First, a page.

Work Out While You Wait (In Line)

Work Out While You Wait (In Line)

Try these exercises to bust stress and ease aches while waiting in holiday lines. (Photo by Getty Images)

Sure, you could browse the tabloids for the latest Kardashian news while standing in those long holiday shopping lines — or, you could do your body some actual good.

Why not turn all that time spent in line into an opportunity for wellness? We asked fitness and rehab experts to share some while-you-wait moves to relieve tension, stretch tight muscles, and help your body move and feel better. The following exercises can be done with zero equipment, minimal space and only the slightest risk of embarrassment. Pick one or two based on your trouble spots, or cycle through all five during those marathon shopping trips.

For achy ankles: Single-leg balance
Balance training is one of the single most effective ways to strengthen your ankles, says Ryan Krane, certified corrective exercise specialist and creator of the Get My Ankle Better program. “The single-leg balance reach is a great corrective exercise for strengthening the ankle, the muscles surrounding the knee, the hip, and the lower back,” Krane says. “I’ve even done this when I’m in line at Target and the line is long.”

How to do it: Stand tall with your hands on your hips. Raise your right leg straight in front of you at a moderate pace, as high as it can reach comfortably (or without kicking the person ahead of you in line), and lower the leg down. Complete 10 reps. Do 10 reps to the side, then 10 to the back; switch legs. Watch the video below to see how to do the move with perfect form.

For keeping your cool: Deep breathing exercise
Practicing slow, deep breathing decreases stress and anxiety, increases concentration, and improves mood, says fitness expert Eric Beard, a certified corrective exercise specialist and integrated manual therapist. “Most of us take short, quick breaths, and the muscles that are responsible for breathing, particularly the diaphragm, don’t stretch out all the way,” he says. “Beginning to concentrate on the inhalation will allow that oxygen to get where it should in the body. Focusing on the slow exhale helps to stretch out the diaphragm, which in turn makes it easier to take deep breaths.”

How to do it: Breathe in through your nose for three full seconds, allowing your belly to expand. Hold the breath for four seconds. Exhale slowly through the mouth for six seconds. Repeat 10 times frequently throughout the day.

Related: 20 Mind-Blowing Facts About Gratitude

For tight hips: Hip flexor stretch
Sitting all day can tighten the muscles at the front of your hips. Performing this stretch after a bout of holiday shopping allows you to stretch the muscles when they’re warm from walking around, giving you a more effective stretch.

How to do it: Stand with both feet hip-width apart, one foot staggered slightly behind the other. Straighten your back leg, squeeze your butt, and push your hips forward until you feel a stretch at the front of your hip. “Hold the stretch for anywhere from 10 to 20 seconds, or until the people around you ask what you’re doing,” Beard jokes.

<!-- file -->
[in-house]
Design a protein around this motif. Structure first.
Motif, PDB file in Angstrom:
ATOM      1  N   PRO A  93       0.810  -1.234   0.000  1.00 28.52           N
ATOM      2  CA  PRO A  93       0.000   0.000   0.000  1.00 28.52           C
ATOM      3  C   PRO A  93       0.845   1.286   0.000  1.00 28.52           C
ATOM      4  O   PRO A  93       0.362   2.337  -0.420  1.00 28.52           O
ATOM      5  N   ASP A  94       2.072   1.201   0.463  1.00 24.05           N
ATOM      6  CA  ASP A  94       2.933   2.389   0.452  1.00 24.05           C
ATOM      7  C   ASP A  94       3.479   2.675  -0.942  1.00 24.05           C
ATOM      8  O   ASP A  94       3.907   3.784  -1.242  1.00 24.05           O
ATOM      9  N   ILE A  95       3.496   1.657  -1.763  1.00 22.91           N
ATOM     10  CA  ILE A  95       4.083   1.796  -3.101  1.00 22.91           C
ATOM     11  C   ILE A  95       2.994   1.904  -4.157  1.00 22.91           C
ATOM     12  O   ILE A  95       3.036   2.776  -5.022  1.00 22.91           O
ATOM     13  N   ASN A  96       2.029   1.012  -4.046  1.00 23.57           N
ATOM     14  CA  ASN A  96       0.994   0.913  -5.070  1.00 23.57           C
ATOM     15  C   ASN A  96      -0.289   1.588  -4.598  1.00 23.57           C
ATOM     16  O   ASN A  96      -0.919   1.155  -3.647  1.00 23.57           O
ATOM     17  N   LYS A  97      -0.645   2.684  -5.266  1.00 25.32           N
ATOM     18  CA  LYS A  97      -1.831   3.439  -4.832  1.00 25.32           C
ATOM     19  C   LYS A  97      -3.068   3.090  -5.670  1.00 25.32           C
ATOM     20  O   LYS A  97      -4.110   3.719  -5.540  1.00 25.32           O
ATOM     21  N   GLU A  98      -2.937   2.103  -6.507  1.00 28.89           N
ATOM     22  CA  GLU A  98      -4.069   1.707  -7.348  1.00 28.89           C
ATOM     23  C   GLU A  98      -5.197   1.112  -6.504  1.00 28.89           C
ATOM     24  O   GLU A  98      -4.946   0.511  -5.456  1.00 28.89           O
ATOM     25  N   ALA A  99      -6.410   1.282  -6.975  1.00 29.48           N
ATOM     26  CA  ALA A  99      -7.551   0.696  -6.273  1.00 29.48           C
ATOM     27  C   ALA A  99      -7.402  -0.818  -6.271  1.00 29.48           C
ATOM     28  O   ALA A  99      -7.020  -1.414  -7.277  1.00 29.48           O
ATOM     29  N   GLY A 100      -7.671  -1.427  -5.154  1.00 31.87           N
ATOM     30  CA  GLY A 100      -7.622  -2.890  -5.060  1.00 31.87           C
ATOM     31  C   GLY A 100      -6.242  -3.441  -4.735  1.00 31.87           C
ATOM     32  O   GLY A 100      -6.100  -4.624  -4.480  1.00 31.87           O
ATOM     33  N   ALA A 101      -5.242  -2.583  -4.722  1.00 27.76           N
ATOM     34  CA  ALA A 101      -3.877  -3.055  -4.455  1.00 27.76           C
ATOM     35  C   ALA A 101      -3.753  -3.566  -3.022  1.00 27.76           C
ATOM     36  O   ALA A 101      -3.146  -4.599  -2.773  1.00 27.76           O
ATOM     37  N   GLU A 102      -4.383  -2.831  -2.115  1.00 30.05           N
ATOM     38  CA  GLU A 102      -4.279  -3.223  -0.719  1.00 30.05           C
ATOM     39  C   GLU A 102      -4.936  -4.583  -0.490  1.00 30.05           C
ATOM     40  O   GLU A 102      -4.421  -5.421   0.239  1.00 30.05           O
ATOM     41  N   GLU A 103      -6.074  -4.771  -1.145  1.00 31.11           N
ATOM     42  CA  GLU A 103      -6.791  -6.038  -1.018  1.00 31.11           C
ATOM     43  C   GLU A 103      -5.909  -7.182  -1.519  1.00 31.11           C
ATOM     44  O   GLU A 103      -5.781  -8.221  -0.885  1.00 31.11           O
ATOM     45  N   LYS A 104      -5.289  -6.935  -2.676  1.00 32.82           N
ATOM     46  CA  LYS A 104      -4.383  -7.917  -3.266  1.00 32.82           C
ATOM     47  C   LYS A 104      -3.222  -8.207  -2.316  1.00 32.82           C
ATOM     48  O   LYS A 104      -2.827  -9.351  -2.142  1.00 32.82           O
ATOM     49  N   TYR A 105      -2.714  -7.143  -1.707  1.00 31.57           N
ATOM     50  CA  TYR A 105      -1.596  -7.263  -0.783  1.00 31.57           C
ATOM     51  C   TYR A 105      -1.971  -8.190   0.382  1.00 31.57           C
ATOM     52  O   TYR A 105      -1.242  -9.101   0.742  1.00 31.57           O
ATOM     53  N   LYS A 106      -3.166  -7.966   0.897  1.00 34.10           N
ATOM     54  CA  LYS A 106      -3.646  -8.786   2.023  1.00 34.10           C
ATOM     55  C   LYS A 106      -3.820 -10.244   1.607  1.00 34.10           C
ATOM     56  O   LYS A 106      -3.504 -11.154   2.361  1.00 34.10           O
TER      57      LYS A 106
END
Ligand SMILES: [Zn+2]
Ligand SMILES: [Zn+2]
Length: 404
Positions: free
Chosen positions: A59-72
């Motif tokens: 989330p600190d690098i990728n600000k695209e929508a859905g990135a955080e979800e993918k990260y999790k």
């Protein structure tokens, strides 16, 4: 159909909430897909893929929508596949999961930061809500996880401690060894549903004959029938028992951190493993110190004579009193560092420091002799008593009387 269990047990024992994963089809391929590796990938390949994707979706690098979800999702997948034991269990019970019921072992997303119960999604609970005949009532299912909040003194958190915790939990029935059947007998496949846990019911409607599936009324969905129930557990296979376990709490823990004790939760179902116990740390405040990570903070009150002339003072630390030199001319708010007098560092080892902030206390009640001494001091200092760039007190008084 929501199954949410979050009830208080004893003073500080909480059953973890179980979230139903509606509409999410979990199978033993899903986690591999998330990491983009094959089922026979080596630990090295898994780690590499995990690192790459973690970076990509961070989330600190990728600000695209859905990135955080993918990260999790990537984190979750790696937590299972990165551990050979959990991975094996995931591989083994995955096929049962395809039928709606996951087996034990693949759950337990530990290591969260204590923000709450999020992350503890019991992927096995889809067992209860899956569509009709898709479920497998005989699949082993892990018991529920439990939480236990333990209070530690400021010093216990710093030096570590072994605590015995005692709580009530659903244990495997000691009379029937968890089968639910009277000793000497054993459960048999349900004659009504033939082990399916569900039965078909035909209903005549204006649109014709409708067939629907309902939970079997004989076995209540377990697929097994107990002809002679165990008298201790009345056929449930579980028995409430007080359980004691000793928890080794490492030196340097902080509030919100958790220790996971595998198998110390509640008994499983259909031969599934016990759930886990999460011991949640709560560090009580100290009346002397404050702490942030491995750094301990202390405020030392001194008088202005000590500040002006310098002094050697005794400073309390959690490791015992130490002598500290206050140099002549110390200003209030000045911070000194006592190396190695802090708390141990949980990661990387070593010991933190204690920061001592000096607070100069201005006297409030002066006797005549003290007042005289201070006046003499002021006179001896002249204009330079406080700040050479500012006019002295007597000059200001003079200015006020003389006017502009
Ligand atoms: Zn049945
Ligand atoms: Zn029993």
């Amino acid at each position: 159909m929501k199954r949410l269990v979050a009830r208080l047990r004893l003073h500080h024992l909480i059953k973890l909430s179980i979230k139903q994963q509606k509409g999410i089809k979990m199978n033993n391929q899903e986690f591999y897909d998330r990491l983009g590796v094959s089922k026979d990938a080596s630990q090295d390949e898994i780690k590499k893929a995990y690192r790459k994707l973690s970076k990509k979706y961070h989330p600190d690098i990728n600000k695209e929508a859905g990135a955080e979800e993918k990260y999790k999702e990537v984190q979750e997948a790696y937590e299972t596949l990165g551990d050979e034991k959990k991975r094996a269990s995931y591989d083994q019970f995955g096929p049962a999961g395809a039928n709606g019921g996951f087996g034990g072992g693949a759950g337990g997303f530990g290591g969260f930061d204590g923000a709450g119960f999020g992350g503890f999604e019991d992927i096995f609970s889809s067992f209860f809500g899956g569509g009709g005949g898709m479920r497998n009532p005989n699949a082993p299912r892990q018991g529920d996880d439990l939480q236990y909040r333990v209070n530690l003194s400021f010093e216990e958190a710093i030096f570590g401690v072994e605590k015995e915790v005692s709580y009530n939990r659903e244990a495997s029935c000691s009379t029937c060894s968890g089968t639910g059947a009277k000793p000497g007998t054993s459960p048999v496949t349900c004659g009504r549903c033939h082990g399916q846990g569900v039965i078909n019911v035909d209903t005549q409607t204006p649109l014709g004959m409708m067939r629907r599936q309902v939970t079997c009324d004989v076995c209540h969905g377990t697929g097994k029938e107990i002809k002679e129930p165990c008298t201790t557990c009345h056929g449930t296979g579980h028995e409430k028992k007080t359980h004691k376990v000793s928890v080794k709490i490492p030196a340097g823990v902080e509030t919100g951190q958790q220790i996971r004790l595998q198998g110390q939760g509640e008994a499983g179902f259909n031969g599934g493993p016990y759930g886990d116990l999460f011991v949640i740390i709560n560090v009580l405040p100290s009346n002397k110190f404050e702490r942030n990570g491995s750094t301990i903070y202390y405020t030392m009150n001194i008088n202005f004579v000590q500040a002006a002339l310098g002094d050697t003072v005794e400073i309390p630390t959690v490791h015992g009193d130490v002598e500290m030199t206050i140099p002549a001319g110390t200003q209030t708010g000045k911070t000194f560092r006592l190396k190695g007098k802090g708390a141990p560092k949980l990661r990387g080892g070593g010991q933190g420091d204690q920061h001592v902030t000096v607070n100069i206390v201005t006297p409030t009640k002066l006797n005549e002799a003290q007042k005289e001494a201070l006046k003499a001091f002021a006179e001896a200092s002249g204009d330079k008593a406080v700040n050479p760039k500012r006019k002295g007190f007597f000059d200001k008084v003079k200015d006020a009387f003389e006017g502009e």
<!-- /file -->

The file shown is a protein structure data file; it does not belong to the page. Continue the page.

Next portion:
For a stiff neck: Neck stretch
Many people complain of stiffness in the neck and at the base of the skull, Krane says. This simple stretch can relieve tension in that area and may help prevent headaches. Since sitting for long stretches of time can make your neck hurt, this exercise is a must-do after being stuck in holiday traffic.

How to do it: Tuck your right arm at the small of your back. Reach your left hand over your head. Place your fingertips on your skull just above your left ear. Gently pull your head to the left side, stopping and holding when you feel the stretch. Hold for 20 seconds and repeat on the other side.

Related: 5 Exercises That Combat ‘Computer Body’ (Yes, It’s a Thing!)

For troublesome shoulders: External shoulder rotation
Most shoulder pain is the result of a weak or underperforming rotator cuff, Krane says. “Let’s say you’re at Walmart and you want to buy a VCR on a bottom shelf. Your rotator cuff is going to help you bend and twist, pick it up off the bottom shelf and lift it up,” he explains. “It’s a main muscle that’s used in rotating and twisting, and since it’s such a small and underutilized muscle, it’s the first muscle that really starts fatiguing and the one that gets injured and hurt.” Since the rotator cuff is such a small muscle, the following simple shoulder rotation exercise is enough to strengthen it.

How to do it: Raise both arms into a field goal position with your elbows at 90 degrees and your palms facing in front of you. Keeping your upper arm in the same spot, rotate your forearms until your palms face the floor. Slowly return to the starting position. Repeat 10 to 15 times at a slow and controlled tempo.

Watch Krane demonstrate the external shoulder rotation and other quick stretches in the video below.

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